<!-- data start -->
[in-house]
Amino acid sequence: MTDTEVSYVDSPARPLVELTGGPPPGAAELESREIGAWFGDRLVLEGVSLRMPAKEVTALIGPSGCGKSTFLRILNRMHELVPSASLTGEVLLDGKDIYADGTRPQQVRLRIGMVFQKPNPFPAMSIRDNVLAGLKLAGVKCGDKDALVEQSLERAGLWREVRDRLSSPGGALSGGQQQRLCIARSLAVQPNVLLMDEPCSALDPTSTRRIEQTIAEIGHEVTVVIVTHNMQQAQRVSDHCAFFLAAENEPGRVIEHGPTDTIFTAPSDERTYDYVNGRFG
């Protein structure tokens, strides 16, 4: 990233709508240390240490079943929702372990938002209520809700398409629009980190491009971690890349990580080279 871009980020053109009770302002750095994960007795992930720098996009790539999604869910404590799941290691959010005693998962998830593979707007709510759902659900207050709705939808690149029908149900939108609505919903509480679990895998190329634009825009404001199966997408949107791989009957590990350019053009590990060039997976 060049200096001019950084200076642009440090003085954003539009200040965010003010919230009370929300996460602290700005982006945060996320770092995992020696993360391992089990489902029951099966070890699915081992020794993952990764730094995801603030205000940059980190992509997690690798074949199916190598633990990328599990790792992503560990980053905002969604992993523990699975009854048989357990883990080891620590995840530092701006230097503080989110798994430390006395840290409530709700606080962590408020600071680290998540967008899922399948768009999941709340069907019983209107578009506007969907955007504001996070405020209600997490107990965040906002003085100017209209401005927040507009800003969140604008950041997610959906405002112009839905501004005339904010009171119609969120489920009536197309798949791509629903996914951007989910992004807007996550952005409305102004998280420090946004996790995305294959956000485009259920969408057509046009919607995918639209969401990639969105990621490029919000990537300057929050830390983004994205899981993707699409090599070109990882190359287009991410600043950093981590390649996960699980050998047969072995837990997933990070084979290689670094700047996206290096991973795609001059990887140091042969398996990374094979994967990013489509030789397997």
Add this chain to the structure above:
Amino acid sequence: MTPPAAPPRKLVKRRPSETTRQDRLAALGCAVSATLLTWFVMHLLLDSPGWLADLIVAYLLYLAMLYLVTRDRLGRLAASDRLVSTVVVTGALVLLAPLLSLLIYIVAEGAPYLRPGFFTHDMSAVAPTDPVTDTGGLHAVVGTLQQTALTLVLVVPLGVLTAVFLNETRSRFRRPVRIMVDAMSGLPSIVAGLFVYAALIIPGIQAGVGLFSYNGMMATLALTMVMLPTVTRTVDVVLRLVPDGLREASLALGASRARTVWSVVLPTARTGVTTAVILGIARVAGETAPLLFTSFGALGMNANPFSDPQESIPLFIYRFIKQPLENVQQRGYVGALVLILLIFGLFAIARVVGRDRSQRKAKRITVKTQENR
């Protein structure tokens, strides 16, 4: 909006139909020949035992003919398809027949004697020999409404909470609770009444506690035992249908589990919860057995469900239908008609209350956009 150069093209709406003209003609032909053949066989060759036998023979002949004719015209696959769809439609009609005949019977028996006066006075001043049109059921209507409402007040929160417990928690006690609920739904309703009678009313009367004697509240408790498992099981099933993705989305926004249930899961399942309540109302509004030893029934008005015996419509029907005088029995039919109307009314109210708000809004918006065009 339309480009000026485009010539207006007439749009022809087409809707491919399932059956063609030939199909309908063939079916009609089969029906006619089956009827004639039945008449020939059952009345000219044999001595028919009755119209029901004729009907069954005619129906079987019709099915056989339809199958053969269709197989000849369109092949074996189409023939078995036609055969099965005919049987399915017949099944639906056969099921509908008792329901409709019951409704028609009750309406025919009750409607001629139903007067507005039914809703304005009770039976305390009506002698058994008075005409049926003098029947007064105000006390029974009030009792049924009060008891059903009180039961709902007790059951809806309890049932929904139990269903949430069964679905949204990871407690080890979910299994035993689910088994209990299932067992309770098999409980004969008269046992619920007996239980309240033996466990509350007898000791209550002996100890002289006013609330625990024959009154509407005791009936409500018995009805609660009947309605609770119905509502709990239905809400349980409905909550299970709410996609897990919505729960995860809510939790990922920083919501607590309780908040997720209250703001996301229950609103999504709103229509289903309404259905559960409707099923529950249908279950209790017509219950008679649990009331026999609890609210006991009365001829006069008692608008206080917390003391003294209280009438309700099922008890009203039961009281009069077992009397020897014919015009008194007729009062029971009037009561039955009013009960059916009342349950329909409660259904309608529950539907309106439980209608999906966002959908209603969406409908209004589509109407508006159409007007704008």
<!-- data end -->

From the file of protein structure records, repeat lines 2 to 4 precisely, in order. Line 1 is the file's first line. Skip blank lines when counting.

Amino acid sequence: MTDTEVSYVDSPARPLVELTGGPPPGAAELESREIGAWFGDRLVLEGVSLRMPAKEVTALIGPSGCGKSTFLRILNRMHELVPSASLTGEVLLDGKDIYADGTRPQQVRLRIGMVFQKPNPFPAMSIRDNVLAGLKLAGVKCGDKDALVEQSLERAGLWREVRDRLSSPGGALSGGQQQRLCIARSLAVQPNVLLMDEPCSALDPTSTRRIEQTIAEIGHEVTVVIVTHNMQQAQRVSDHCAFFLAAENEPGRVIEHGPTDTIFTAPSDERTYDYVNGRFG
């Protein structure tokens, strides 16, 4: 990233709508240390240490079943929702372990938002209520809700398409629009980190491009971690890349990580080279 871009980020053109009770302002750095994960007795992930720098996009790539999604869910404590799941290691959010005693998962998830593979707007709510759902659900207050709705939808690149029908149900939108609505919903509480679990895998190329634009825009404001199966997408949107791989009957590990350019053009590990060039997976 060049200096001019950084200076642009440090003085954003539009200040965010003010919230009370929300996460602290700005982006945060996320770092995992020696993360391992089990489902029951099966070890699915081992020794993952990764730094995801603030205000940059980190992509997690690798074949199916190598633990990328599990790792992503560990980053905002969604992993523990699975009854048989357990883990080891620590995840530092701006230097503080989110798994430390006395840290409530709700606080962590408020600071680290998540967008899922399948768009999941709340069907019983209107578009506007969907955007504001996070405020209600997490107990965040906002003085100017209209401005927040507009800003969140604008950041997610959906405002112009839905501004005339904010009171119609969120489920009536197309798949791509629903996914951007989910992004807007996550952005409305102004998280420090946004996790995305294959956000485009259920969408057509046009919607995918639209969401990639969105990621490029919000990537300057929050830390983004994205899981993707699409090599070109990882190359287009991410600043950093981590390649996960699980050998047969072995837990997933990070084979290689670094700047996206290096991973795609001059990887140091042969398996990374094979994967990013489509030789397997």
Add this chain to the structure above: